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Cthames21 August 7, 2013 11:50

From MS in Nuclear Eng. going to CFD Job in another field

Let me begin by saying this might seem like a useless post, but I just wanted to hear the opinion of a real CFD person.

I have about one year left before completing my MS in Nuclear Engineering. Over the course of this past year I have come to thoroughly enjoy applying CFD to a wide variety of problems (not only problems relating to Nuclear applications). This began with my research, which dealt with CFD analysis for single-phase conditions within pressurized water reactor fuel assembly. Even though I was using a commercial code to perform the analysis, I was extremely curious as to how CFD is implemented on a software development level. I had to venture into the Mechanical and Aerospace Engineering course offerings at my Univeristy, and after three classes relating to CFD, I am hooked. These classes not only displayed the methods for solving incompressible and compressible fluid flow problems, but also the governing equations and physics relating to these types of flow. I think I may be one of the few students in my department to know what the Rankine-Hugoniot conditions are. After the final class, which heavily iterated the DG method for solving fluid flow problems, the professor asked me if I would be interested in pursuing a phd in Mechanical Engineering with an emphasis in CFD. While I would love to do this, I have run into some financial issues that the normal graduate stipend cannot alleviate. Instead, I would prefer to find a job that would have me applying CFD to some set of fluid flow problems.

So to kind of finish this: Would it be possible for a Nuclear Engineering student (with a strong background in fluid flow and heat transfer) to obtain a CFD oriented job in a non-nuclear field?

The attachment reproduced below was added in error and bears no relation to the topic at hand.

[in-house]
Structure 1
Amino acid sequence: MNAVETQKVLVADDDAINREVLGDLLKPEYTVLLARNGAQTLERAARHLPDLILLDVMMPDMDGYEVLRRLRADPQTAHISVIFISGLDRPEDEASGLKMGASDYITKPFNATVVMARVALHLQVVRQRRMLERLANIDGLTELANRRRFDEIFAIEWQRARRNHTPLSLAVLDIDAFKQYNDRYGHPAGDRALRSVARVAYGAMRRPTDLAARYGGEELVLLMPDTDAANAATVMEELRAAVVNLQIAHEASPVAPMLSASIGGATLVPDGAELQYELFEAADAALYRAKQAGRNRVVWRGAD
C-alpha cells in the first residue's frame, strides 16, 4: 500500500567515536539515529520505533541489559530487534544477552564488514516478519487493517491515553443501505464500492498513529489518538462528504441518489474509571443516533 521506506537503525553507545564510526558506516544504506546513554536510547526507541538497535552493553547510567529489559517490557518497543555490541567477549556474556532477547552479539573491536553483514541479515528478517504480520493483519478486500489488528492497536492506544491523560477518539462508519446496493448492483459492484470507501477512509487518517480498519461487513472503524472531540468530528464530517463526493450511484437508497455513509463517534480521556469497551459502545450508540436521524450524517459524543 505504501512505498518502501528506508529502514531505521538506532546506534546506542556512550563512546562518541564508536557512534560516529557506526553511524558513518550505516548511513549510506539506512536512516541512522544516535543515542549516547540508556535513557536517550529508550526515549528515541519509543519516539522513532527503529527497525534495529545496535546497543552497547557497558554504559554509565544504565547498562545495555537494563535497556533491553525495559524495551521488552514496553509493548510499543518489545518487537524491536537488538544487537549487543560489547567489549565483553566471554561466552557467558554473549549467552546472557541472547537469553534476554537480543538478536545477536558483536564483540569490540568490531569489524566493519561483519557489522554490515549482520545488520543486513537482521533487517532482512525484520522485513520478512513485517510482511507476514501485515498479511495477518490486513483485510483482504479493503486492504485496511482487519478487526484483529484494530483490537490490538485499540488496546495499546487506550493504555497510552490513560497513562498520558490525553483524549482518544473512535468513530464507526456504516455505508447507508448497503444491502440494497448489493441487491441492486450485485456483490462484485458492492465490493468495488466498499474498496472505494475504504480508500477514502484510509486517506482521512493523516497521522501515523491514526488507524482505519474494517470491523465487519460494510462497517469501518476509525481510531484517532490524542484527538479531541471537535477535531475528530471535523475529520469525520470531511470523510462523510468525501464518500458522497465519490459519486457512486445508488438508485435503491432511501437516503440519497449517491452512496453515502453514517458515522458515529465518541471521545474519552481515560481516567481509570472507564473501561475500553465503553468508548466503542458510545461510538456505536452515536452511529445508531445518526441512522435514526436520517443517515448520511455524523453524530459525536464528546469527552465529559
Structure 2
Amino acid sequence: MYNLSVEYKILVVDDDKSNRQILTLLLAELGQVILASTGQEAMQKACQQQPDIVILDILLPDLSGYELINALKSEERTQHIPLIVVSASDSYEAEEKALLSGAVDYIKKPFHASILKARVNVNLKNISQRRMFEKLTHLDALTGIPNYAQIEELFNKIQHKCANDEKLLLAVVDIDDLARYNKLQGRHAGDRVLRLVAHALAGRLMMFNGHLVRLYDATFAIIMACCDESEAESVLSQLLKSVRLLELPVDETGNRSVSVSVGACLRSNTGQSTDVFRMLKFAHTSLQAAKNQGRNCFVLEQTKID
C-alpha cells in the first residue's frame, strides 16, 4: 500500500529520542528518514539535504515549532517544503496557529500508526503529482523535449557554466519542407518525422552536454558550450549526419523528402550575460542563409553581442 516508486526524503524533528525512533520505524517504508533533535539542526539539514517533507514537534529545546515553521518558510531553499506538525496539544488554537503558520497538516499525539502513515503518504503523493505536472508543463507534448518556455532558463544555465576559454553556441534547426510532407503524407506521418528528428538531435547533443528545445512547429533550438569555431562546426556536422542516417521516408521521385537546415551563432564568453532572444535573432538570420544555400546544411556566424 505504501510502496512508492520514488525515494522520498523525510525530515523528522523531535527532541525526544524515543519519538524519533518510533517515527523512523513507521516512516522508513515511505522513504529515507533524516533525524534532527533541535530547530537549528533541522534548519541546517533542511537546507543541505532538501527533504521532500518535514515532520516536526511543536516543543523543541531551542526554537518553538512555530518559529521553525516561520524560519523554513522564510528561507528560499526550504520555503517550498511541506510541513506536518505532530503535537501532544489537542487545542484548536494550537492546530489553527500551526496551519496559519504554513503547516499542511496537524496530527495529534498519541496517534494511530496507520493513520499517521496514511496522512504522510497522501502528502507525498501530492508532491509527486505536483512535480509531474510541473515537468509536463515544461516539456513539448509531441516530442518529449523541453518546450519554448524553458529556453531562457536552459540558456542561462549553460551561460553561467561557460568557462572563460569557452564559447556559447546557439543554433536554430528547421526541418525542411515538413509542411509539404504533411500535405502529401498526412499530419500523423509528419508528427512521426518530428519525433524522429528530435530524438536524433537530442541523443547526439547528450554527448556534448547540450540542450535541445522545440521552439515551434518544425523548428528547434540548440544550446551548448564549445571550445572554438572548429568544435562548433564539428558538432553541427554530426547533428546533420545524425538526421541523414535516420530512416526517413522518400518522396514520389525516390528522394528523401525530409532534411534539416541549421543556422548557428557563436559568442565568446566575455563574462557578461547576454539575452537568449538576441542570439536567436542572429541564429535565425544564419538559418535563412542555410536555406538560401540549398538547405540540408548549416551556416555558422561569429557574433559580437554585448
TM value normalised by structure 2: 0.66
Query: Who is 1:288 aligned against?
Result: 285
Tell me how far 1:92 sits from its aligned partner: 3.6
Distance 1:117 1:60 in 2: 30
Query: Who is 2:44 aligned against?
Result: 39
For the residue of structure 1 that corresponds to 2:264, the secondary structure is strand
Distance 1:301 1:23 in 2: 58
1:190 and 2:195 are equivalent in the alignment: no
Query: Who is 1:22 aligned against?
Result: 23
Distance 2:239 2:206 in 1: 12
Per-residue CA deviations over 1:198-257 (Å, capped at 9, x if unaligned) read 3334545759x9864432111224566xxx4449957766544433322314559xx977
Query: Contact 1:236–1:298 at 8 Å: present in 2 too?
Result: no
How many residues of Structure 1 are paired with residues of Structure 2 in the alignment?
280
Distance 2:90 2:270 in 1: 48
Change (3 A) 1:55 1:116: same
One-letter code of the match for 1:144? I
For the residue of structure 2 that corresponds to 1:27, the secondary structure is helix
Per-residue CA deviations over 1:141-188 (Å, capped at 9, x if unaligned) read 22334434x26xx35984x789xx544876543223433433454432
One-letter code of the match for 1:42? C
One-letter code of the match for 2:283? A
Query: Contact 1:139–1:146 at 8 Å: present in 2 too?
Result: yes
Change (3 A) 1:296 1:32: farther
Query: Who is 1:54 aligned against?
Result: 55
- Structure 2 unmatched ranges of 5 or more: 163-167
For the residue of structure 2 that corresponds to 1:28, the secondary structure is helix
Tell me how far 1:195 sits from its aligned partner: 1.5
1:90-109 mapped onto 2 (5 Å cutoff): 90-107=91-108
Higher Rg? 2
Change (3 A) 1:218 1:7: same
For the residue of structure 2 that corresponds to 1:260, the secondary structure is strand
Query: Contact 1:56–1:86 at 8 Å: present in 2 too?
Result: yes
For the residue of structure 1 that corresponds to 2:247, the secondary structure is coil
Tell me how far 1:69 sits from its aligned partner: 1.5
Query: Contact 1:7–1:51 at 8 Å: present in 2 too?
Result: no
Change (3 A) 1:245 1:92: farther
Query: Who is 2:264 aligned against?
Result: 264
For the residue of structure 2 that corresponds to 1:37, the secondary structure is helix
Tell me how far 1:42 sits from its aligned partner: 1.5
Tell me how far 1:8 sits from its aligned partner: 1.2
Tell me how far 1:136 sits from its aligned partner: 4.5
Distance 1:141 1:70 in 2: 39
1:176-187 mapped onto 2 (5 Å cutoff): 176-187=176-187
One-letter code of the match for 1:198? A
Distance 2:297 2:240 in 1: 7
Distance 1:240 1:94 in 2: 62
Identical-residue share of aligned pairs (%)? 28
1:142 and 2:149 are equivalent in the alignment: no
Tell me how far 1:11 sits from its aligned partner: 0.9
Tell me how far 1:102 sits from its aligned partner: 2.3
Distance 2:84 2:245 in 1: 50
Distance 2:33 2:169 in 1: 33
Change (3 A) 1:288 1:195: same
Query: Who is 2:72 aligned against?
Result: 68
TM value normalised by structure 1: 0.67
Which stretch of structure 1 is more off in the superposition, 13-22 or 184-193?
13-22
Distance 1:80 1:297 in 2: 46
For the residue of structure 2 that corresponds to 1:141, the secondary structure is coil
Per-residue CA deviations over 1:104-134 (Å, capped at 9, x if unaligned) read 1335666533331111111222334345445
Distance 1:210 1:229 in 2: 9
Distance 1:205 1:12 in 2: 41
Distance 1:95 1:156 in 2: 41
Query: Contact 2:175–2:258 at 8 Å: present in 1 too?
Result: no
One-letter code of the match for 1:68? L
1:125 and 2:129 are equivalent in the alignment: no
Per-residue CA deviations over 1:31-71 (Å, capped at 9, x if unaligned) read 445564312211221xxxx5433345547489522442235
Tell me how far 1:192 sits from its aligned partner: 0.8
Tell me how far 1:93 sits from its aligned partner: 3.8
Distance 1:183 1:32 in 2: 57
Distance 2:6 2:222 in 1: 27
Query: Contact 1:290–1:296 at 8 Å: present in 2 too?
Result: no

I appreciate any feedback that can be given.



Aeronautics El. K. August 13, 2013 02:28

Since you enjoy both Nuclear physics (otherwise you wouldn't do a MSc in Nuclear Eng.) and CFD, then I think that your best option is to find a job where you'll be applying CFD on nuclear applications.
In non-nuclear applications I think they usually ask for Mech. or Aero. Eng.

cfdnewbie August 14, 2013 06:27

don't worry at all. You are an engineer by training, so you are familiar with the mathematical basics and the engineering way of methodical thinking. Nothing more and a lot of hard work is required.
Good luck, and enjoy the ride!

Cthames21 August 18, 2013 13:07

Thank you so much for your responses. I appreciate this feedback more than you can imagine. As it stands, pursuing the phd in Mechanical Engineering with an emphasis in CFD is what I really want to do. I also recently learned that some CFD research opportunities exist in the MechEng department here that require a student with Reactor Design/Analysis experience.

Thanks again,


cfdnewbie August 22, 2013 16:40

Dear Cameron,
good luck with your future plans. May I ask what school you plan on attending? You can also send me a PM, if you like, I might be able to give you some hints.

Whatever you decide to do, keep in mind that the broader your perspective, the better your chances of being hired are. A PhD in CFD will give you a strong mathematical and engineering background in mathematics, numerical approximation theory and computer science, so you will become an attractive employee to a great number of industries - after all, simulation is everywhere, right :)

Good luck in the future,
and by the way: DG is the choice of the future ;)

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